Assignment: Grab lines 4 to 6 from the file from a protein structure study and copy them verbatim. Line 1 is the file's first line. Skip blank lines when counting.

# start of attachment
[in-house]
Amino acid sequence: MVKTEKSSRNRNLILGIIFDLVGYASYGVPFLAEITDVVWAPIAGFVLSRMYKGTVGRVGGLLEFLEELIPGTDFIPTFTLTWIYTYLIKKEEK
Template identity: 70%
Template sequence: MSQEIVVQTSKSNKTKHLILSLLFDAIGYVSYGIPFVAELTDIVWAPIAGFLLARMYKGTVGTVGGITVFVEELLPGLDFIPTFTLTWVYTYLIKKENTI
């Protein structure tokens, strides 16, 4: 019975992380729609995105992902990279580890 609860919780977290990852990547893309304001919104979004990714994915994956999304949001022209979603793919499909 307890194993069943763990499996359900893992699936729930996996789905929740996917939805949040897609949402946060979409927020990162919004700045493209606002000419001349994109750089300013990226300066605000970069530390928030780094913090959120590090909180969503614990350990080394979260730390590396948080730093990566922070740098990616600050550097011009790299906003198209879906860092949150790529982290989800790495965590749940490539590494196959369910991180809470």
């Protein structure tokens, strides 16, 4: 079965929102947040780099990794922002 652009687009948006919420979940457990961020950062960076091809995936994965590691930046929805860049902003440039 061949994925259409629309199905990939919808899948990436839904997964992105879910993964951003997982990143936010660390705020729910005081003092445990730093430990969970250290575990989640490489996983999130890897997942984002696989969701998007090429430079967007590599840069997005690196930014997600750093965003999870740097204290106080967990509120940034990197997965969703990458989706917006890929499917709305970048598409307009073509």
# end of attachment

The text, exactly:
Template sequence: MSQEIVVQTSKSNKTKHLILSLLFDAIGYVSYGIPFVAELTDIVWAPIAGFLLARMYKGTVGTVGGITVFVEELLPGLDFIPTFTLTWVYTYLIKKENTI
């Protein structure tokens, strides 16, 4: 019975992380729609995105992902990279580890 609860919780977290990852990547893309304001919104979004990714994915994956999304949001022209979603793919499909 307890194993069943763990499996359900893992699936729930996996789905929740996917939805949040897609949402946060979409927020990162919004700045493209606002000419001349994109750089300013990226300066605000970069530390928030780094913090959120590090909180969503614990350990080394979260730390590396948080730093990566922070740098990616600050550097011009790299906003198209879906860092949150790529982290989800790495965590749940490539590494196959369910991180809470």
């Protein structure tokens, strides 16, 4: 079965929102947040780099990794922002 652009687009948006919420979940457990961020950062960076091809995936994965590691930046929805860049902003440039 061949994925259409629309199905990939919808899948990436839904997964992105879910993964951003997982990143936010660390705020729910005081003092445990730093430990969970250290575990989640490489996983999130890897997942984002696989969701998007090429430079967007590599840069997005690196930014997600750093965003999870740097204290106080967990509120940034990197997965969703990458989706917006890929499917709305970048598409307009073509």